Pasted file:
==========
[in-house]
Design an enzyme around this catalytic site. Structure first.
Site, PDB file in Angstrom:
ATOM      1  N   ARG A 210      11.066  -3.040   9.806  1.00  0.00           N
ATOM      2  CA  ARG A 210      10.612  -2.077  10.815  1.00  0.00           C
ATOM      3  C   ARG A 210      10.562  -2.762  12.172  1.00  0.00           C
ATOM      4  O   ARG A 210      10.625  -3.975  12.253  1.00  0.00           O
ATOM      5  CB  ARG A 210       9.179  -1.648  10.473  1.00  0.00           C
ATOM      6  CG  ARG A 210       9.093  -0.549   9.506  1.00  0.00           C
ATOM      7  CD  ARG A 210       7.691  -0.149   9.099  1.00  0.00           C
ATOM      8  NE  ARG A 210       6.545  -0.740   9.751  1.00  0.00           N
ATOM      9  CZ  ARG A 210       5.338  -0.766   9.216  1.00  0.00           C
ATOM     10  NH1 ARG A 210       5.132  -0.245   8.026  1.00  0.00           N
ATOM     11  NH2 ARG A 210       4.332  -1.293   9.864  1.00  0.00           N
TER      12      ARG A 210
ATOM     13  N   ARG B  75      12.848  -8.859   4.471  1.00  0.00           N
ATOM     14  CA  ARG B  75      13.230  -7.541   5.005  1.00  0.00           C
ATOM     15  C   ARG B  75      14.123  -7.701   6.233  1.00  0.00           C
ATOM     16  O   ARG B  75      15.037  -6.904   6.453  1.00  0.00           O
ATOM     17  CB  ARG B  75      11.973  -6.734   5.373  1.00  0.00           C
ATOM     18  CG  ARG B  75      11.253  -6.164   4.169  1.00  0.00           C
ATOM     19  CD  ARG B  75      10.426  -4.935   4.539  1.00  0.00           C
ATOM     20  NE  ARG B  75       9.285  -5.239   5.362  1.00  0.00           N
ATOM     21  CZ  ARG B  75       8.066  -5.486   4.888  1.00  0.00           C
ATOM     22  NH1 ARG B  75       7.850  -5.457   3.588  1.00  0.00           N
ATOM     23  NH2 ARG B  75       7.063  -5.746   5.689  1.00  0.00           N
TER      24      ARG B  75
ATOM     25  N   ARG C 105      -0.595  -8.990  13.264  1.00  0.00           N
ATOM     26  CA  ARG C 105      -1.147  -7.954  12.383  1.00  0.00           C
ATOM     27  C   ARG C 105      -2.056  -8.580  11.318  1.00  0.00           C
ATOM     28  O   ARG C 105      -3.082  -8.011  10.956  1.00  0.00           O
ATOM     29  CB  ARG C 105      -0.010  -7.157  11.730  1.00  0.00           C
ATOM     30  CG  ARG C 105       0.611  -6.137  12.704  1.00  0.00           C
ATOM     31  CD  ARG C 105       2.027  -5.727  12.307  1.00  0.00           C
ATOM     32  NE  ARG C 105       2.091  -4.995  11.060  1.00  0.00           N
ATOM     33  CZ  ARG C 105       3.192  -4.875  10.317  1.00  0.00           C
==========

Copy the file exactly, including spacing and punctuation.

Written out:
[in-house]
Design an enzyme around this catalytic site. Structure first.
Site, PDB file in Angstrom:
ATOM      1  N   ARG A 210      11.066  -3.040   9.806  1.00  0.00           N
ATOM      2  CA  ARG A 210      10.612  -2.077  10.815  1.00  0.00           C
ATOM      3  C   ARG A 210      10.562  -2.762  12.172  1.00  0.00           C
ATOM      4  O   ARG A 210      10.625  -3.975  12.253  1.00  0.00           O
ATOM      5  CB  ARG A 210       9.179  -1.648  10.473  1.00  0.00           C
ATOM      6  CG  ARG A 210       9.093  -0.549   9.506  1.00  0.00           C
ATOM      7  CD  ARG A 210       7.691  -0.149   9.099  1.00  0.00           C
ATOM      8  NE  ARG A 210       6.545  -0.740   9.751  1.00  0.00           N
ATOM      9  CZ  ARG A 210       5.338  -0.766   9.216  1.00  0.00           C
ATOM     10  NH1 ARG A 210       5.132  -0.245   8.026  1.00  0.00           N
ATOM     11  NH2 ARG A 210       4.332  -1.293   9.864  1.00  0.00           N
TER      12      ARG A 210
ATOM     13  N   ARG B  75      12.848  -8.859   4.471  1.00  0.00           N
ATOM     14  CA  ARG B  75      13.230  -7.541   5.005  1.00  0.00           C
ATOM     15  C   ARG B  75      14.123  -7.701   6.233  1.00  0.00           C
ATOM     16  O   ARG B  75      15.037  -6.904   6.453  1.00  0.00           O
ATOM     17  CB  ARG B  75      11.973  -6.734   5.373  1.00  0.00           C
ATOM     18  CG  ARG B  75      11.253  -6.164   4.169  1.00  0.00           C
ATOM     19  CD  ARG B  75      10.426  -4.935   4.539  1.00  0.00           C
ATOM     20  NE  ARG B  75       9.285  -5.239   5.362  1.00  0.00           N
ATOM     21  CZ  ARG B  75       8.066  -5.486   4.888  1.00  0.00           C
ATOM     22  NH1 ARG B  75       7.850  -5.457   3.588  1.00  0.00           N
ATOM     23  NH2 ARG B  75       7.063  -5.746   5.689  1.00  0.00           N
TER      24      ARG B  75
ATOM     25  N   ARG C 105      -0.595  -8.990  13.264  1.00  0.00           N
ATOM     26  CA  ARG C 105      -1.147  -7.954  12.383  1.00  0.00           C
ATOM     27  C   ARG C 105      -2.056  -8.580  11.318  1.00  0.00           C
ATOM     28  O   ARG C 105      -3.082  -8.011  10.956  1.00  0.00           O
ATOM     29  CB  ARG C 105      -0.010  -7.157  11.730  1.00  0.00           C
ATOM     30  CG  ARG C 105       0.611  -6.137  12.704  1.00  0.00           C
ATOM     31  CD  ARG C 105       2.027  -5.727  12.307  1.00  0.00           C
ATOM     32  NE  ARG C 105       2.091  -4.995  11.060  1.00  0.00           N
ATOM     33  CZ  ARG C 105       3.192  -4.875  10.317  1.00  0.00           C